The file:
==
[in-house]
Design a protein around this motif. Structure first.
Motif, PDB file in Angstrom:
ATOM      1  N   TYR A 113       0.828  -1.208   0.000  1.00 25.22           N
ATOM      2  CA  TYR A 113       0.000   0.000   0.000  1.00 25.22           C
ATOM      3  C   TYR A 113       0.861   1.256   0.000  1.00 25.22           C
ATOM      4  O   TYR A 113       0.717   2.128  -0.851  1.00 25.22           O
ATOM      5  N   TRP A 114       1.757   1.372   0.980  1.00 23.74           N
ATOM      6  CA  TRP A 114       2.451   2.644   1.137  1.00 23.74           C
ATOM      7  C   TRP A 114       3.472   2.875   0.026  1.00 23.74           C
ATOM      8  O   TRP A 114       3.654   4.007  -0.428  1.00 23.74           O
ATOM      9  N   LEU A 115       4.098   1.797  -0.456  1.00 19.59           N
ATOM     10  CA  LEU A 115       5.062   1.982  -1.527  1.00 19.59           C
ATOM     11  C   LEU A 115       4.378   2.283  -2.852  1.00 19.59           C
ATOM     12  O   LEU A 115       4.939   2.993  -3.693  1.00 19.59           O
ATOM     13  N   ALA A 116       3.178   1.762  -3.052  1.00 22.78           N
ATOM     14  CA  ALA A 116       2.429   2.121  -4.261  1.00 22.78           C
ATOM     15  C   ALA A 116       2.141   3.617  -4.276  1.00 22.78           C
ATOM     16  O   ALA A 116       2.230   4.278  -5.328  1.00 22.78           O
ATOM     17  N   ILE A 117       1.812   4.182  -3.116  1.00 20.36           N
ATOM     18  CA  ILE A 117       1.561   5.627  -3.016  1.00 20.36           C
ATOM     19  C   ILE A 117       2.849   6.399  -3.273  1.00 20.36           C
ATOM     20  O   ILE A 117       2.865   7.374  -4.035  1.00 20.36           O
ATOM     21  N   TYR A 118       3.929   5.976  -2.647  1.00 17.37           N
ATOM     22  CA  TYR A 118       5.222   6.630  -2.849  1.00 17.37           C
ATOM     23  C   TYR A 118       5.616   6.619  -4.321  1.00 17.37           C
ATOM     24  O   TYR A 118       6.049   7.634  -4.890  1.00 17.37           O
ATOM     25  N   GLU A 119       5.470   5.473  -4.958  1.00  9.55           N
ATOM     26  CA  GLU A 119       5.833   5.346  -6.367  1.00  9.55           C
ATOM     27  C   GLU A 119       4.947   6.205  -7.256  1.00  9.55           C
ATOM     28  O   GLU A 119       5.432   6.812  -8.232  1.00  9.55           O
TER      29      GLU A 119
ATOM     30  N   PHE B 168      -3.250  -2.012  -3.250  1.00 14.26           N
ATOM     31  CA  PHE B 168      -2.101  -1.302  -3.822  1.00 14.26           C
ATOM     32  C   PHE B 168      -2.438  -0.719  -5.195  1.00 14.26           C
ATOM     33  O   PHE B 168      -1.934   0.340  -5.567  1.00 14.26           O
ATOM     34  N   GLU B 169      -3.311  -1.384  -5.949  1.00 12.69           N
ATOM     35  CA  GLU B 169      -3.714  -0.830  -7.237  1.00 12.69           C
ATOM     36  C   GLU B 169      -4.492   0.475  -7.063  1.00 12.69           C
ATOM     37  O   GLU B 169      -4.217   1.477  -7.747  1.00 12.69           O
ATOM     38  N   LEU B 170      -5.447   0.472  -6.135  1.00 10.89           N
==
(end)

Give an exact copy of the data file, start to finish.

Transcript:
[in-house]
Design a protein around this motif. Structure first.
Motif, PDB file in Angstrom:
ATOM      1  N   TYR A 113       0.828  -1.208   0.000  1.00 25.22           N
ATOM      2  CA  TYR A 113       0.000   0.000   0.000  1.00 25.22           C
ATOM      3  C   TYR A 113       0.861   1.256   0.000  1.00 25.22           C
ATOM      4  O   TYR A 113       0.717   2.128  -0.851  1.00 25.22           O
ATOM      5  N   TRP A 114       1.757   1.372   0.980  1.00 23.74           N
ATOM      6  CA  TRP A 114       2.451   2.644   1.137  1.00 23.74           C
ATOM      7  C   TRP A 114       3.472   2.875   0.026  1.00 23.74           C
ATOM      8  O   TRP A 114       3.654   4.007  -0.428  1.00 23.74           O
ATOM      9  N   LEU A 115       4.098   1.797  -0.456  1.00 19.59           N
ATOM     10  CA  LEU A 115       5.062   1.982  -1.527  1.00 19.59           C
ATOM     11  C   LEU A 115       4.378   2.283  -2.852  1.00 19.59           C
ATOM     12  O   LEU A 115       4.939   2.993  -3.693  1.00 19.59           O
ATOM     13  N   ALA A 116       3.178   1.762  -3.052  1.00 22.78           N
ATOM     14  CA  ALA A 116       2.429   2.121  -4.261  1.00 22.78           C
ATOM     15  C   ALA A 116       2.141   3.617  -4.276  1.00 22.78           C
ATOM     16  O   ALA A 116       2.230   4.278  -5.328  1.00 22.78           O
ATOM     17  N   ILE A 117       1.812   4.182  -3.116  1.00 20.36           N
ATOM     18  CA  ILE A 117       1.561   5.627  -3.016  1.00 20.36           C
ATOM     19  C   ILE A 117       2.849   6.399  -3.273  1.00 20.36           C
ATOM     20  O   ILE A 117       2.865   7.374  -4.035  1.00 20.36           O
ATOM     21  N   TYR A 118       3.929   5.976  -2.647  1.00 17.37           N
ATOM     22  CA  TYR A 118       5.222   6.630  -2.849  1.00 17.37           C
ATOM     23  C   TYR A 118       5.616   6.619  -4.321  1.00 17.37           C
ATOM     24  O   TYR A 118       6.049   7.634  -4.890  1.00 17.37           O
ATOM     25  N   GLU A 119       5.470   5.473  -4.958  1.00  9.55           N
ATOM     26  CA  GLU A 119       5.833   5.346  -6.367  1.00  9.55           C
ATOM     27  C   GLU A 119       4.947   6.205  -7.256  1.00  9.55           C
ATOM     28  O   GLU A 119       5.432   6.812  -8.232  1.00  9.55           O
TER      29      GLU A 119
ATOM     30  N   PHE B 168      -3.250  -2.012  -3.250  1.00 14.26           N
ATOM     31  CA  PHE B 168      -2.101  -1.302  -3.822  1.00 14.26           C
ATOM     32  C   PHE B 168      -2.438  -0.719  -5.195  1.00 14.26           C
ATOM     33  O   PHE B 168      -1.934   0.340  -5.567  1.00 14.26           O
ATOM     34  N   GLU B 169      -3.311  -1.384  -5.949  1.00 12.69           N
ATOM     35  CA  GLU B 169      -3.714  -0.830  -7.237  1.00 12.69           C
ATOM     36  C   GLU B 169      -4.492   0.475  -7.063  1.00 12.69           C
ATOM     37  O   GLU B 169      -4.217   1.477  -7.747  1.00 12.69           O
ATOM     38  N   LEU B 170      -5.447   0.472  -6.135  1.00 10.89           N